Lowdown: Global warming was having an effect on life at the end of an ice age, too.
Sequels. You know they are going to be bad, you didn't really like the original to begin with, yet you almost always give them a chance. Why? Don't ask me, because after watching Ice Age 2 I strongly suspect I have some severe masochistic tendencies.
The story of this computer animation film, if you can refer to it as a story, follows the same three characters from the original: a sloth, a mammoth and a saber tooth tiger all living it out at the end of an ice age. It's almost needless to say that before you actually get to the thin story you have to watch several teasers telling you all about everything you didn't want to know about the other lovely films the studio wants you to buy. But anyway, if you survived the teasers, you will get to those lovely characters as they live it out with lots of other prehistoric animals in peace and harmony - a sort of a garden of eden, you can argue.
Trouble is at the doorstep, though, as global warming causes ice to melt and the garden of eden to flood. Our animals have to seek shelter elsewhere, and so begins a short journey to a new haven. And in this journey they meet other characters, none of which are well developed and most of which exhibit severe symptoms of contemporary pop culture; amongst which they meet a female mammoth which falls into the square of the romantic tension maker.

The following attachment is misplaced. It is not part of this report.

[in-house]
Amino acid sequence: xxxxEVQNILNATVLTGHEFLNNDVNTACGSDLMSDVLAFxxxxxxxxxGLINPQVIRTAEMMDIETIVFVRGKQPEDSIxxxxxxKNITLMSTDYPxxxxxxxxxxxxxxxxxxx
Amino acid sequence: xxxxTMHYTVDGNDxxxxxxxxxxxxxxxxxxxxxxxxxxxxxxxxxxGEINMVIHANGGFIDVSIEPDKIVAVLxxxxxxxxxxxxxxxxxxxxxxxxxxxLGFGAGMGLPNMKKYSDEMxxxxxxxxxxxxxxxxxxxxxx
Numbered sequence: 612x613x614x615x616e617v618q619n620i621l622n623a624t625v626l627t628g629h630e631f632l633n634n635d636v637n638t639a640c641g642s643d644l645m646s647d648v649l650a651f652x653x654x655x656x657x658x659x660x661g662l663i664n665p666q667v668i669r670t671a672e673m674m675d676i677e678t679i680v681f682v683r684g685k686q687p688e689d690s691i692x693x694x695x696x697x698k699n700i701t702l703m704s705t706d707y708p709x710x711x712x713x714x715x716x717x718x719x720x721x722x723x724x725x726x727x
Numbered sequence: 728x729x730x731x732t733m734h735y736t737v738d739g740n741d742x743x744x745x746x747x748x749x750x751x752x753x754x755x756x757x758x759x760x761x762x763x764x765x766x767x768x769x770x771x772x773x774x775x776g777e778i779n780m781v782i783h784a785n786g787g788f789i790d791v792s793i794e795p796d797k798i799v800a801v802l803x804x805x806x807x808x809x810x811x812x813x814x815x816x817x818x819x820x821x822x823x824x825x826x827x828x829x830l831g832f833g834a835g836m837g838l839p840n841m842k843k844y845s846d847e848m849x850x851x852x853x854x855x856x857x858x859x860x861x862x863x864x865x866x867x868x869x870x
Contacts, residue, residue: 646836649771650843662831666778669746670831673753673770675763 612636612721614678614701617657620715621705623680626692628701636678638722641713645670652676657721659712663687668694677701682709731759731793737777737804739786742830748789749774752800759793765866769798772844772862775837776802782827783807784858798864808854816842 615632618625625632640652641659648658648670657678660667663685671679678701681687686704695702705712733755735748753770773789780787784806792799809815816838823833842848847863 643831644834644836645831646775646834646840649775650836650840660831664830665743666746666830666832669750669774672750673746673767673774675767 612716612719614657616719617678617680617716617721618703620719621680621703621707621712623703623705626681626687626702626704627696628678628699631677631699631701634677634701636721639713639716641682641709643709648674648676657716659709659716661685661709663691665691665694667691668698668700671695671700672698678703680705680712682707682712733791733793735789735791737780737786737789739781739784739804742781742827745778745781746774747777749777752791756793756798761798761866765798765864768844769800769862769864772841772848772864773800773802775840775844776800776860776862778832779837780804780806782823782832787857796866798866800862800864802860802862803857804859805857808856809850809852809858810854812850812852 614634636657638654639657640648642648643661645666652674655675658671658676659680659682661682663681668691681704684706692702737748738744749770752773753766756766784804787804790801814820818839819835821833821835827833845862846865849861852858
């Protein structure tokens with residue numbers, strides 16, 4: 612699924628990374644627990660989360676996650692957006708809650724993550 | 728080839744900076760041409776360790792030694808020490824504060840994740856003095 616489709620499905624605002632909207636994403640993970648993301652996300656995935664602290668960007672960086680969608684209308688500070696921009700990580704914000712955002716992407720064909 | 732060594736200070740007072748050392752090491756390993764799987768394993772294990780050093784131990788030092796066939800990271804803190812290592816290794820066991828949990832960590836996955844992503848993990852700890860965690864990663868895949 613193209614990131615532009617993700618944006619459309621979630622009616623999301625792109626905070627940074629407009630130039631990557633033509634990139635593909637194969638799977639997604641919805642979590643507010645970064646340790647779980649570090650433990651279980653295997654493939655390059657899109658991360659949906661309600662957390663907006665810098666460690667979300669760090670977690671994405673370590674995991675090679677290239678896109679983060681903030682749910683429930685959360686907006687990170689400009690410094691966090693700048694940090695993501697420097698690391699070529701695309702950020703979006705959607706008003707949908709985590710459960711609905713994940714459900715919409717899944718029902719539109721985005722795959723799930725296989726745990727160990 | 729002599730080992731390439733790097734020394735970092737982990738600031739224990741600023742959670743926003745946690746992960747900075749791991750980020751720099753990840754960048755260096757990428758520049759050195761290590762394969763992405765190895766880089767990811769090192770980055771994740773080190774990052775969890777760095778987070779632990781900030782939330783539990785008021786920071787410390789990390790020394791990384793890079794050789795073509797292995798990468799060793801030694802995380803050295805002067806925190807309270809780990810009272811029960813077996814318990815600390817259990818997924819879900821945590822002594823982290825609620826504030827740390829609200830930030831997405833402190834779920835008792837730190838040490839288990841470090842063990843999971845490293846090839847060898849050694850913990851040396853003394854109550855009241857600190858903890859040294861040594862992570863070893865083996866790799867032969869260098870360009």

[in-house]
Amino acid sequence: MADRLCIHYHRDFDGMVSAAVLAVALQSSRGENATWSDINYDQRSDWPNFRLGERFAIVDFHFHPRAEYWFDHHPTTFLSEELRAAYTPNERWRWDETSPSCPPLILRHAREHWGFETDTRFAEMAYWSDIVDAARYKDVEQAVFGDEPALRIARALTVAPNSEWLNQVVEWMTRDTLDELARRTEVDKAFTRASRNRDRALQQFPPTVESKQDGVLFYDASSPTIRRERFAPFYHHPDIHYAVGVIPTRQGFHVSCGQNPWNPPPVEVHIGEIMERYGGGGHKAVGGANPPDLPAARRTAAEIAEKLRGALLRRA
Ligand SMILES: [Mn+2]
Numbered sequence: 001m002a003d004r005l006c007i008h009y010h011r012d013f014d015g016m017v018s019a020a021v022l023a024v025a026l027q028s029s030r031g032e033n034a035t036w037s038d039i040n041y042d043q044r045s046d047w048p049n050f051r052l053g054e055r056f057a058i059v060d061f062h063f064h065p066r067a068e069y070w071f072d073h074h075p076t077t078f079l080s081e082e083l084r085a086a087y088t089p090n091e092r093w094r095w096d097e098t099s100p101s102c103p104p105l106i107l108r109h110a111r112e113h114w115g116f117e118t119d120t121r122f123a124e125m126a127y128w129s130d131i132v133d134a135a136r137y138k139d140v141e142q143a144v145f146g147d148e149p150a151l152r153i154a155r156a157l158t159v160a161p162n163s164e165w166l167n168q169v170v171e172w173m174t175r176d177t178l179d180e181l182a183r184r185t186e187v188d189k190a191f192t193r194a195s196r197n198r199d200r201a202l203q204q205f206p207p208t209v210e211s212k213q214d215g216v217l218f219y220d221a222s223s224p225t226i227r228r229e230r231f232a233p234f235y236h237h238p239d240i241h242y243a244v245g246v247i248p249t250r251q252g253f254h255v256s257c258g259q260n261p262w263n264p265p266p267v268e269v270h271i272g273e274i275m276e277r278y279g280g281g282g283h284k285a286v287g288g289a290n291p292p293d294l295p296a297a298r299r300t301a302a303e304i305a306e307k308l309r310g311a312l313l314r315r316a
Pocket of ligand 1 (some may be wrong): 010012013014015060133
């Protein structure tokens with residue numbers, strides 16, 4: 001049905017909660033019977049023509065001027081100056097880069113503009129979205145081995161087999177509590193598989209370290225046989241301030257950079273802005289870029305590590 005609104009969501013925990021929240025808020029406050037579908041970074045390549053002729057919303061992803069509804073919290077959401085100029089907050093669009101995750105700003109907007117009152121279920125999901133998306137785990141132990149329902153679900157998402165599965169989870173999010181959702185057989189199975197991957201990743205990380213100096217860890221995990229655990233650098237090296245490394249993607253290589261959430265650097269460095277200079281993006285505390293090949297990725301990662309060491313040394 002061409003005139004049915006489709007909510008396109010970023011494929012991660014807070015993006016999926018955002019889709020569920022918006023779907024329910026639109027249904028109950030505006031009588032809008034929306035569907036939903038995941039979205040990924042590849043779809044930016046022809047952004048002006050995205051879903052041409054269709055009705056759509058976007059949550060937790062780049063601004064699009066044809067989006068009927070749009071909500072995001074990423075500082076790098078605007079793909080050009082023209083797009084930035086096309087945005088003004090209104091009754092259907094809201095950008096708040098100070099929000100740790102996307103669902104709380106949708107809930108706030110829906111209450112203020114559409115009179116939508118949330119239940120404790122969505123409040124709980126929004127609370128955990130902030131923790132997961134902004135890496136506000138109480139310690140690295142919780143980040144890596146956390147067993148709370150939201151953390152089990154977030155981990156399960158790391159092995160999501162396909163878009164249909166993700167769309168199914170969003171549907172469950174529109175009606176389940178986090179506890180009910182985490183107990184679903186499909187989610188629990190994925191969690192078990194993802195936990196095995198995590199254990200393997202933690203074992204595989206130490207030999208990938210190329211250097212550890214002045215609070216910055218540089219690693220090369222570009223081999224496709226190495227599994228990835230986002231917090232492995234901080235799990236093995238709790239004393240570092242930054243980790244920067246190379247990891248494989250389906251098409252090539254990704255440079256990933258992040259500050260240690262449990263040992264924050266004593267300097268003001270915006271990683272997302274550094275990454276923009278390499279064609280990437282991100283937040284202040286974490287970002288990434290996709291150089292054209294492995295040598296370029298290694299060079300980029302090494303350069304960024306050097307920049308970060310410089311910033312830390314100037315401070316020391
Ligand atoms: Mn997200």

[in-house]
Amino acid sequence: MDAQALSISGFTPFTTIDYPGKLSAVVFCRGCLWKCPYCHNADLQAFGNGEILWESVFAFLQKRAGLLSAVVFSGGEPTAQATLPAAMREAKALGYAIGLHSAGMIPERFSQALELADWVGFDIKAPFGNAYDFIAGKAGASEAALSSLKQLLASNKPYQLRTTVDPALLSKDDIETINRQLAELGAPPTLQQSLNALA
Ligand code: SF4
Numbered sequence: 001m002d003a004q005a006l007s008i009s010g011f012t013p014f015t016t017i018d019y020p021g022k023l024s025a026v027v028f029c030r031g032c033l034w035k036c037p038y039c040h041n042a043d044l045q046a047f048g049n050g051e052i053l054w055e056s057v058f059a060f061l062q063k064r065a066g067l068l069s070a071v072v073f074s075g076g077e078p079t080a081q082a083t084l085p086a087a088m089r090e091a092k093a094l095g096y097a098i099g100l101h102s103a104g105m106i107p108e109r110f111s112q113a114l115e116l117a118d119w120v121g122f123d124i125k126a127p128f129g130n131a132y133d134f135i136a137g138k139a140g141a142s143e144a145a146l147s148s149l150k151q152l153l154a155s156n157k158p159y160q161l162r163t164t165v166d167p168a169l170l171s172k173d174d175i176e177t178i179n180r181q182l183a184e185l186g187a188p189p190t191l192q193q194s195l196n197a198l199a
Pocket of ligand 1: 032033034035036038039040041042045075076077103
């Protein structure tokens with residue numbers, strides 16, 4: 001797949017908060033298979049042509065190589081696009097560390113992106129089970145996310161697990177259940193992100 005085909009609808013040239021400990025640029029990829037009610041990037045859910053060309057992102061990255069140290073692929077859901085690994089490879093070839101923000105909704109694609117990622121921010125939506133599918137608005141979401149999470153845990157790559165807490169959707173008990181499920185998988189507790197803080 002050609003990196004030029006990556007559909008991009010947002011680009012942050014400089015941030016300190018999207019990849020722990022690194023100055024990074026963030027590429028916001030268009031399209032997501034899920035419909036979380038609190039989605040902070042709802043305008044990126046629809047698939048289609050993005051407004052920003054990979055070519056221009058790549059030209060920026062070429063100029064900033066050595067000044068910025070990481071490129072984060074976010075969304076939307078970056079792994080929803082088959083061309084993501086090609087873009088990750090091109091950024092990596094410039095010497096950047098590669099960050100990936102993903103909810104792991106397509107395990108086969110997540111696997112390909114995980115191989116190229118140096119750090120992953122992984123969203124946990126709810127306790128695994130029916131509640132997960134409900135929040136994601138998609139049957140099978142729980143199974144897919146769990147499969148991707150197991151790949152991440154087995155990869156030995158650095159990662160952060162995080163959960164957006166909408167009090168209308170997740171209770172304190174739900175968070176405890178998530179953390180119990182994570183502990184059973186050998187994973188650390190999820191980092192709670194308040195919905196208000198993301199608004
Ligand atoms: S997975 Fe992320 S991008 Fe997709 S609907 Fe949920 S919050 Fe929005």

It's all extremely shallow, and none of the characters - including the three leading ones - are developed to any sort of a degree. The plot, whatever might exist of it, is thin and meaningless, and as the film progresses you're mainly left to wonder why you decided to waste an hour and a half of your life watching such a bad film.
I find it interesting to note the film had a few biblical connotations. I already mentioned a garden of eden, but it also has a Noah's ark and a postmortem heaven. As far as I can tell, none of those actually lead us anywhere - a fairly similar status to where the global warming motif leads the film, too. The only thing you're left with is a thin story about friendship.
Best scene: Forget the main characters, the real hero is the weird squirrel who madly hunts an elusive acorn, forming the transition scenes to the main story. His best appearance, though, is not in the film at all but rather in one of the supplementals, which tells a short story about the squirrel and a time machine in the shape of an acorn.
Picture quality: Surprisingly enough it's quite mediocre, with plenty of digital artifacts and noise.
Sound quality: OK, but not much better than the minimum you would expect from an American production whose main quality is in its production values.
Overall: A keep away from 1 star.